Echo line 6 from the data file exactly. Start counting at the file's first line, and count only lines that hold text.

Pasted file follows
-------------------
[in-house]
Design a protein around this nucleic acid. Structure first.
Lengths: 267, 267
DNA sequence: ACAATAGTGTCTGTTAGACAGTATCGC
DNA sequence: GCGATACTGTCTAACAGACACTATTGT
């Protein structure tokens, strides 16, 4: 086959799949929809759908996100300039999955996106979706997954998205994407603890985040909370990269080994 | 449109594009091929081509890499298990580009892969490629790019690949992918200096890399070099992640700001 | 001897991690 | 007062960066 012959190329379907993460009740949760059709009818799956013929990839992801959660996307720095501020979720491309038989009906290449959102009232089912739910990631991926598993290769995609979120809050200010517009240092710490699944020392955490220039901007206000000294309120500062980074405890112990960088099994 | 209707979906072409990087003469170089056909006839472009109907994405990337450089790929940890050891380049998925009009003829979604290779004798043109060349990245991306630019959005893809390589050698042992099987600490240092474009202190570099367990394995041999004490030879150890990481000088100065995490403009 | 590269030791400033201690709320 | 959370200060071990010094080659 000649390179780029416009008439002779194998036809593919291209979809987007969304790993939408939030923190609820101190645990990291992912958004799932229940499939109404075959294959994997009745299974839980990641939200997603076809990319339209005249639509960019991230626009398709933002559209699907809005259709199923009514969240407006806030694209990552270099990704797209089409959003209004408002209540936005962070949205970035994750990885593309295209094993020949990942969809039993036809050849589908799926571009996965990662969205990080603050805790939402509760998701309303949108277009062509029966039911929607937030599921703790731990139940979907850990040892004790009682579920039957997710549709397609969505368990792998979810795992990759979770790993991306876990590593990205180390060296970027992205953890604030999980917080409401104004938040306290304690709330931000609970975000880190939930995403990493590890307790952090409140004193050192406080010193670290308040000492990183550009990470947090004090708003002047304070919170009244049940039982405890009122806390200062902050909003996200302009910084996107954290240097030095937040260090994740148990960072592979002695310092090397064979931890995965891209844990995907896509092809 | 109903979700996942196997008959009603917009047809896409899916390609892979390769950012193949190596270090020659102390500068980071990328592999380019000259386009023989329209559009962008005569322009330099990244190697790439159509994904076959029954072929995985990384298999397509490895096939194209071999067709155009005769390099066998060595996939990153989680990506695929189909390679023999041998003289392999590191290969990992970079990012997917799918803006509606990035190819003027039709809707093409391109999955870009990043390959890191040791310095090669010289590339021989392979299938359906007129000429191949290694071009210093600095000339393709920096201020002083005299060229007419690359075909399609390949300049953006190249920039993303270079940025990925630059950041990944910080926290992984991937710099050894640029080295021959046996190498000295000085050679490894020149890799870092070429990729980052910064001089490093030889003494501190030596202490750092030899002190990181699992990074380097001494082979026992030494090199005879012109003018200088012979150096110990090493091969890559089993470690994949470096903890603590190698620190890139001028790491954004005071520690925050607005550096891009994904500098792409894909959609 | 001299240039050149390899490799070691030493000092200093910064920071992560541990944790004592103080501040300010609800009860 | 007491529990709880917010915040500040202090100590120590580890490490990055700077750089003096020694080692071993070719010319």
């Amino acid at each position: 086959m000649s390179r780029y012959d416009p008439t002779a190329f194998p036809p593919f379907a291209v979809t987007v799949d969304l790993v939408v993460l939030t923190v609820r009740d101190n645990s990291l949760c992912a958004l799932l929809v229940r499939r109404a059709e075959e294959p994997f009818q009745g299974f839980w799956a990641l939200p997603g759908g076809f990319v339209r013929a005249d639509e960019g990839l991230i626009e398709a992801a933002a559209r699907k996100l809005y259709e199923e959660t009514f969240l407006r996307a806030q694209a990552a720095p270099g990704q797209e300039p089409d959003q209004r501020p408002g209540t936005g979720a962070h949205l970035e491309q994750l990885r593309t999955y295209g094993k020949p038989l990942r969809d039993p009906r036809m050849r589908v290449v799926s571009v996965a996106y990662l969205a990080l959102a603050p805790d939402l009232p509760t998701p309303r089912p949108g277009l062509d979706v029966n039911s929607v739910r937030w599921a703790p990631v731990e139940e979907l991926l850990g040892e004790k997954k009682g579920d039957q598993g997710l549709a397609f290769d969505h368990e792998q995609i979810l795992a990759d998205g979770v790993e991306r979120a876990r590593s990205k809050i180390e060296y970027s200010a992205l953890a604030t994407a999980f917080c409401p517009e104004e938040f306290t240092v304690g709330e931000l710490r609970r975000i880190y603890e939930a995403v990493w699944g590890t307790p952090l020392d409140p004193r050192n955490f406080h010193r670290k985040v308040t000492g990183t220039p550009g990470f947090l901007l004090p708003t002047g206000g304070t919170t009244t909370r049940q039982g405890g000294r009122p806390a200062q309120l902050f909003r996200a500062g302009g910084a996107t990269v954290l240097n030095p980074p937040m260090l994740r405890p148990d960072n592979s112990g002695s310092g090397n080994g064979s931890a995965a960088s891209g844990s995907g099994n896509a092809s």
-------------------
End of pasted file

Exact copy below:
């Protein structure tokens, strides 16, 4: 086959799949929809759908996100300039999955996106979706997954998205994407603890985040909370990269080994 | 449109594009091929081509890499298990580009892969490629790019690949992918200096890399070099992640700001 | 001897991690 | 007062960066 012959190329379907993460009740949760059709009818799956013929990839992801959660996307720095501020979720491309038989009906290449959102009232089912739910990631991926598993290769995609979120809050200010517009240092710490699944020392955490220039901007206000000294309120500062980074405890112990960088099994 | 209707979906072409990087003469170089056909006839472009109907994405990337450089790929940890050891380049998925009009003829979604290779004798043109060349990245991306630019959005893809390589050698042992099987600490240092474009202190570099367990394995041999004490030879150890990481000088100065995490403009 | 590269030791400033201690709320 | 959370200060071990010094080659 000649390179780029416009008439002779194998036809593919291209979809987007969304790993939408939030923190609820101190645990990291992912958004799932229940499939109404075959294959994997009745299974839980990641939200997603076809990319339209005249639509960019991230626009398709933002559209699907809005259709199923009514969240407006806030694209990552270099990704797209089409959003209004408002209540936005962070949205970035994750990885593309295209094993020949990942969809039993036809050849589908799926571009996965990662969205990080603050805790939402509760998701309303949108277009062509029966039911929607937030599921703790731990139940979907850990040892004790009682579920039957997710549709397609969505368990792998979810795992990759979770790993991306876990590593990205180390060296970027992205953890604030999980917080409401104004938040306290304690709330931000609970975000880190939930995403990493590890307790952090409140004193050192406080010193670290308040000492990183550009990470947090004090708003002047304070919170009244049940039982405890009122806390200062902050909003996200302009910084996107954290240097030095937040260090994740148990960072592979002695310092090397064979931890995965891209844990995907896509092809 | 109903979700996942196997008959009603917009047809896409899916390609892979390769950012193949190596270090020659102390500068980071990328592999380019000259386009023989329209559009962008005569322009330099990244190697790439159509994904076959029954072929995985990384298999397509490895096939194209071999067709155009005769390099066998060595996939990153989680990506695929189909390679023999041998003289392999590191290969990992970079990012997917799918803006509606990035190819003027039709809707093409391109999955870009990043390959890191040791310095090669010289590339021989392979299938359906007129000429191949290694071009210093600095000339393709920096201020002083005299060229007419690359075909399609390949300049953006190249920039993303270079940025990925630059950041990944910080926290992984991937710099050894640029080295021959046996190498000295000085050679490894020149890799870092070429990729980052910064001089490093030889003494501190030596202490750092030899002190990181699992990074380097001494082979026992030494090199005879012109003018200088012979150096110990090493091969890559089993470690994949470096903890603590190698620190890139001028790491954004005071520690925050607005550096891009994904500098792409894909959609 | 001299240039050149390899490799070691030493000092200093910064920071992560541990944790004592103080501040300010609800009860 | 007491529990709880917010915040500040202090100590120590580890490490990055700077750089003096020694080692071993070719010319």